Who Wants to Write a Screenplay?

I’ve spent much of this year NOT talking about writing so it is time to return this discussion back to it. I’ve been working on the novel lately, but I need a break between drafts so I’m going to write a screenplay. Do you want to write a screenplay as well? If so, then let’s work together.


It seems like everyone wants to write a screenplay now-a-days. They all believe they can write the perfect screenplay in a matter of weeks and get it into production the following week and then wrap it all up with an Oscar in the new year (someone’s post to the Facebook Screenwriting page; paraphrased by me). I tried to explain to the poster that first, no one looks at a first draft, let alone films a first draft, but he wasn’t hearing of it. His screenplay was perfect. Maybe he is the Mozart of the screenwriting world. I doubt it.

Time is the Enemy

Everyone is being chased by time. You’re 60 seconds older (maybe more) now then you were when you started to read this post. And you’ll be a couple minutes older by the time you finish it. Time is also the screenwriter’s enemy. You are just one of tens of thousands of writers. Every writer has ideas; good or bad. The same as you; good and bad. Not word for word, but premise for premise (word for word would be scary). Do you remember Michael Bay’s 1998 film Armageddon? Of course you do but do you remember Mimi Leder’s 1998 film Deep Impact? Probably not as much. Two films about an asteroid racing towards Earth. The same premise but two very different stories. This is what I mean when I said, time is the enemy. If you sit on your idea too long, someone else will think about it and write it.

So let’s grab a new, clean notebook and start building our idea into a functioning first draft. Before someone else does.

A Good Idea; A Great Screenplay

Do you have an idea? You won’t be able to go much further without an idea. A good idea is preferable, but any idea will work. Good or not we’re going to try to make your idea better but if we can’t we’re going to set it aside and find another idea. At this point don’t worry about High or Low Concept. It’s too early to worry about concept as we’re still building our idea. As I said to the gentlemen on Facebook, “don’t get ahead of yourself.”

Write down your idea. Don’t worry if it’s just two words, it’s your idea. Once it has been written down it becomes real, physical. You can see it, touch it, read it. So write it down in the middle of your piece of paper.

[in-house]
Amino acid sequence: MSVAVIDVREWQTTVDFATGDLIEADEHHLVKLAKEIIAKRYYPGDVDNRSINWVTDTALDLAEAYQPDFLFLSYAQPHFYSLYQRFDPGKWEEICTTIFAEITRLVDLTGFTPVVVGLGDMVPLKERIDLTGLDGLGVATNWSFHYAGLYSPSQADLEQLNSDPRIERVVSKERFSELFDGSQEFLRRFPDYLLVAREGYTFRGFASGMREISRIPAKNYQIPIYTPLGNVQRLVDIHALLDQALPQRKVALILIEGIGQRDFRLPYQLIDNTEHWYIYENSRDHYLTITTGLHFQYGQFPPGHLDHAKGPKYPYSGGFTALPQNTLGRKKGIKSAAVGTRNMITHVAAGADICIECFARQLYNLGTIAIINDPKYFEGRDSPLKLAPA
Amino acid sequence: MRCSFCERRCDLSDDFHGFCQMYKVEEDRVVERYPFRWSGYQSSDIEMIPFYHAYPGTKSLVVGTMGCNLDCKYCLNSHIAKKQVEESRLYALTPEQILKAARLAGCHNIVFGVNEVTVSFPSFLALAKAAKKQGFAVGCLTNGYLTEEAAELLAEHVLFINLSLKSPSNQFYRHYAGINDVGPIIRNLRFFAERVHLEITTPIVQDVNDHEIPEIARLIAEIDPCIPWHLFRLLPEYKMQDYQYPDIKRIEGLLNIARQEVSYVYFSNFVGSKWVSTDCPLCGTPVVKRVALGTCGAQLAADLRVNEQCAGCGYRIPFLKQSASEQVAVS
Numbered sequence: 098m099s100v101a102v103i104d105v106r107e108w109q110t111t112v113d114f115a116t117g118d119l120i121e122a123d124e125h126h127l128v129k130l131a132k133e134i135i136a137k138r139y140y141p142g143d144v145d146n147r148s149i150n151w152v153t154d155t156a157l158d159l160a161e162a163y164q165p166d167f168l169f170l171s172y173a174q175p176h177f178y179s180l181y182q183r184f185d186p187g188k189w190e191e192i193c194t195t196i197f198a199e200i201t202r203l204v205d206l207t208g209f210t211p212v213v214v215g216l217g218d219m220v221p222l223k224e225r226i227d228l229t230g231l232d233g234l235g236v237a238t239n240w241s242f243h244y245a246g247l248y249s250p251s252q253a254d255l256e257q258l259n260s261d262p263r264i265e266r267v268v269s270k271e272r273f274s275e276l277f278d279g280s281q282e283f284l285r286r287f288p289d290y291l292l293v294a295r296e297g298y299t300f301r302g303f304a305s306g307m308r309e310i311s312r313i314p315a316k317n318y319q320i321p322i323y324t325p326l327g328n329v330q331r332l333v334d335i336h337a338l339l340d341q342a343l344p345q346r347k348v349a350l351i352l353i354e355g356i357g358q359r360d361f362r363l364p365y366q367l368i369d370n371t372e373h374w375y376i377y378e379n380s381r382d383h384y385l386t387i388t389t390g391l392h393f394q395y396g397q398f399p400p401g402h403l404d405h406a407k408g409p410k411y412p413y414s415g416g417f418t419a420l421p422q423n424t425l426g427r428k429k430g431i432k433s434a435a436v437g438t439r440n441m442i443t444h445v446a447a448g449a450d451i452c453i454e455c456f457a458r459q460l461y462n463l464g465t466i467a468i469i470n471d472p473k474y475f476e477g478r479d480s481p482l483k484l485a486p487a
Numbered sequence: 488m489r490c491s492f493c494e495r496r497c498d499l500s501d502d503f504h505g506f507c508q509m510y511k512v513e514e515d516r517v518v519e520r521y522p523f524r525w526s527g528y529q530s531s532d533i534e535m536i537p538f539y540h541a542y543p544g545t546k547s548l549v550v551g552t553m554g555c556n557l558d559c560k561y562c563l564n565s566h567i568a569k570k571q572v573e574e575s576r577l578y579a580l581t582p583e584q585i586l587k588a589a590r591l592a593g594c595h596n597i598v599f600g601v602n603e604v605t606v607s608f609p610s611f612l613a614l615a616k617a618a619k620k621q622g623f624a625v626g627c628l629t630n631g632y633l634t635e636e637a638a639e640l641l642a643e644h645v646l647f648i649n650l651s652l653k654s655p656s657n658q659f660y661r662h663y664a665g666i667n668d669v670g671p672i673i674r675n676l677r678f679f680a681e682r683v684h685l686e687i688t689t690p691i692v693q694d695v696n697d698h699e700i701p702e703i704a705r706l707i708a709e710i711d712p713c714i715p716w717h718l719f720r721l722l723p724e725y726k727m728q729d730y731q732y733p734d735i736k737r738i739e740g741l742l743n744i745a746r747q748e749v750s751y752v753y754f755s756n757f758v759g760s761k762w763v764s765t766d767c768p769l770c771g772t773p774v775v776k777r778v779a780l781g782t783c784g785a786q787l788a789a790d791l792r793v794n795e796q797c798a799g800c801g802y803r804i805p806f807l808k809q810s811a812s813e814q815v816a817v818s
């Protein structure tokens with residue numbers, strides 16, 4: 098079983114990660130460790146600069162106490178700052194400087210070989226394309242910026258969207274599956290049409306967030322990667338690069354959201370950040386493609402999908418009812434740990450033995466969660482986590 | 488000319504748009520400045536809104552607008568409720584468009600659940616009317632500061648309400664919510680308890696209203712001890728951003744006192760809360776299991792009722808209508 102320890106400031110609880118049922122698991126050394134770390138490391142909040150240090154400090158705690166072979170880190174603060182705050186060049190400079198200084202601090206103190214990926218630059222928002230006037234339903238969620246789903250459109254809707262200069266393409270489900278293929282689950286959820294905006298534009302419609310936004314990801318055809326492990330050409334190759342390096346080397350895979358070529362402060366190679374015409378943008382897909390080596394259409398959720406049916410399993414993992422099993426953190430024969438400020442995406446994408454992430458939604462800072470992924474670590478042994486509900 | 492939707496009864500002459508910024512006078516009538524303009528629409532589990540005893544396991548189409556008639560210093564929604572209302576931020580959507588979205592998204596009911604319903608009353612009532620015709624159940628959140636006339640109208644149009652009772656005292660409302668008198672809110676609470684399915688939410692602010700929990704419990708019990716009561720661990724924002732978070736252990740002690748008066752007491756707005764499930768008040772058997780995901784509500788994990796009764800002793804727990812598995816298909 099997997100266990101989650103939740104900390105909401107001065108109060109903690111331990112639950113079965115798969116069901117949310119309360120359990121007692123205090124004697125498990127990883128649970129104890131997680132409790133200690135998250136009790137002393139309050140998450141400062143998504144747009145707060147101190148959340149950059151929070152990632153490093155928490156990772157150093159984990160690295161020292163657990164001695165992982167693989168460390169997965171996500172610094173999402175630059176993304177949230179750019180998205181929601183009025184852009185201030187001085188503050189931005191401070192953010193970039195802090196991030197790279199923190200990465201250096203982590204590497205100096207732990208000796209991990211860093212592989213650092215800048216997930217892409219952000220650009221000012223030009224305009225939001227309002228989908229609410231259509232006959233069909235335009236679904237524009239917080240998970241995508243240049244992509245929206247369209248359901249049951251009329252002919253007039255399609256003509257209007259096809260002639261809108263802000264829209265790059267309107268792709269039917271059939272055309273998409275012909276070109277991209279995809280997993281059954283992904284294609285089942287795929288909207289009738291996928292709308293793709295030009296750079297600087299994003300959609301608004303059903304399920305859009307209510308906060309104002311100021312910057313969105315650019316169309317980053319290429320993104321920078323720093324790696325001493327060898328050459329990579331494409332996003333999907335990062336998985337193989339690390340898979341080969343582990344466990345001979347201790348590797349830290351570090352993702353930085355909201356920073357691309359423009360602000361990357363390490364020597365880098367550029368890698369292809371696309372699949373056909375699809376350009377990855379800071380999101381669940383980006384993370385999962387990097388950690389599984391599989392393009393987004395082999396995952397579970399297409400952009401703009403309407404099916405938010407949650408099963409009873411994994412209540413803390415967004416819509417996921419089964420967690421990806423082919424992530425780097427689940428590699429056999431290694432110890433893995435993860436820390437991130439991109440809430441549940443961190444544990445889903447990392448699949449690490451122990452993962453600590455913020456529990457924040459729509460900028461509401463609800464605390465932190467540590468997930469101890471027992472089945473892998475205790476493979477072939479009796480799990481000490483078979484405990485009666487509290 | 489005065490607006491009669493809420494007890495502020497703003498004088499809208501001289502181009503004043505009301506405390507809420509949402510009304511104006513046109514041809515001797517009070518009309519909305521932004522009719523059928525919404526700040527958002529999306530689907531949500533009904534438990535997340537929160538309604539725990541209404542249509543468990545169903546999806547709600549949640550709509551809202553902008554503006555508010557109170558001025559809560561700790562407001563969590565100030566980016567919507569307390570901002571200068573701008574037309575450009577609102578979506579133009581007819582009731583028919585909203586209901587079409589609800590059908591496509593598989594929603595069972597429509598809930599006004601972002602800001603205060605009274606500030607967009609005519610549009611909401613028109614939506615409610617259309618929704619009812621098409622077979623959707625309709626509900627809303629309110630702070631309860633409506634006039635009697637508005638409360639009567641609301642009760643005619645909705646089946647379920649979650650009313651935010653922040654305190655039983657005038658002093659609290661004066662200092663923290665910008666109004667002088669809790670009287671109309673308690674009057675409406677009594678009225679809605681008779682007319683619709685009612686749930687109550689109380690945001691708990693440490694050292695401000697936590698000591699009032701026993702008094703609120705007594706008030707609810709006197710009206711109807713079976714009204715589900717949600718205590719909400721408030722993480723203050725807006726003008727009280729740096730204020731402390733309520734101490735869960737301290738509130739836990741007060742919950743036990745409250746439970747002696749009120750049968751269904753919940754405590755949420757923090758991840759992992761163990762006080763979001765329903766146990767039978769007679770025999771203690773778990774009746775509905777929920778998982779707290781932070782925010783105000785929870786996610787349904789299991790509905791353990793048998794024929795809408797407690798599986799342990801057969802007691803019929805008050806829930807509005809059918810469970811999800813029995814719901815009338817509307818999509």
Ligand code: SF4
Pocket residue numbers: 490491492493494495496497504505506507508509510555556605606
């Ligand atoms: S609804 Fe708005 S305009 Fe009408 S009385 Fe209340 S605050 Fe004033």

Two elderly brothers drive across the country.

This is the idea I’m going to be working on. There’s no story there. Not yet, but that’s the point. It’s just an idea. Barely a thought. But now it’s written down. It’s real. The idea unleashes dozens of questions. I define an idea almost the same way a noun is defined;

  • a person (two elderly brothers), place (the country) and action (drives).

If you find that your idea is missing one of these three elements then add it. You’ve just improved your idea. So far so good.

A Dozen of Questions

If your idea doesn’t immediately have you asking a dozen questions then you’re not thinking hard enough. I define building a story as

  • answering questions asked by the story idea.

Very simple. All story building is the asking and answering of questions. The 5 W’s of the press; who, what, where, when and why. Right there are the first five questions you need to ask yourself about your idea.

Who are the brothers?
What are they doing as they drive across the country?
Where are they going?
When are they making this trip?
Why are they driving across the country?

Questions lead to answer which in turn lead to more questions. This is story development. Let’s take a look at the last question for a moment.

Why are they driving across the country?
They are driving across the country to attend the funeral of a someone who is very close to the two of them.

Who died?
How was this person close to the brothers?
If they were close why did they live so far apart?
Why are they not flying across the country?

Our questions have expanded beyond the 5 W’s. Do you see how one possible answer to just one of our initial questions has now opened up to four additional questions. Remember when answering your questions you need to ensure the answers are believable within the context of your story. That doesn’t mean that there are wrong answers, it just means that there are answers which will drive the story forward better than other possible answers.

Assignment 1.1

For the next two hours write down at least 20 questions an possible answers for your idea. Start with the 5W’s and then add any additional questions you think would be helpful. Then write down answers to those questions. Those answers will spawn additional questions and those additional answers will spawn even more questions.

What you might find as your working through your questions and answers that some answers may have your returning to previous questions and adjusting the answer. Never thrown away anything you’ve written. Never. If you decide not to use an answer keep it stored away. While questions and answers are often very story specific, later when you get to character creation you will need to keep characters that are unused so they can populate your next screenplay.

Finally, remember don’t get too detailed here. We don’t need to know the specifics about each brother at this time. Keep the information high level, which is why limiting yourself at this point to 20 questions is a good idea. The goal is to have enough information about your idea to write your initial LOG LINE.

See you next time,


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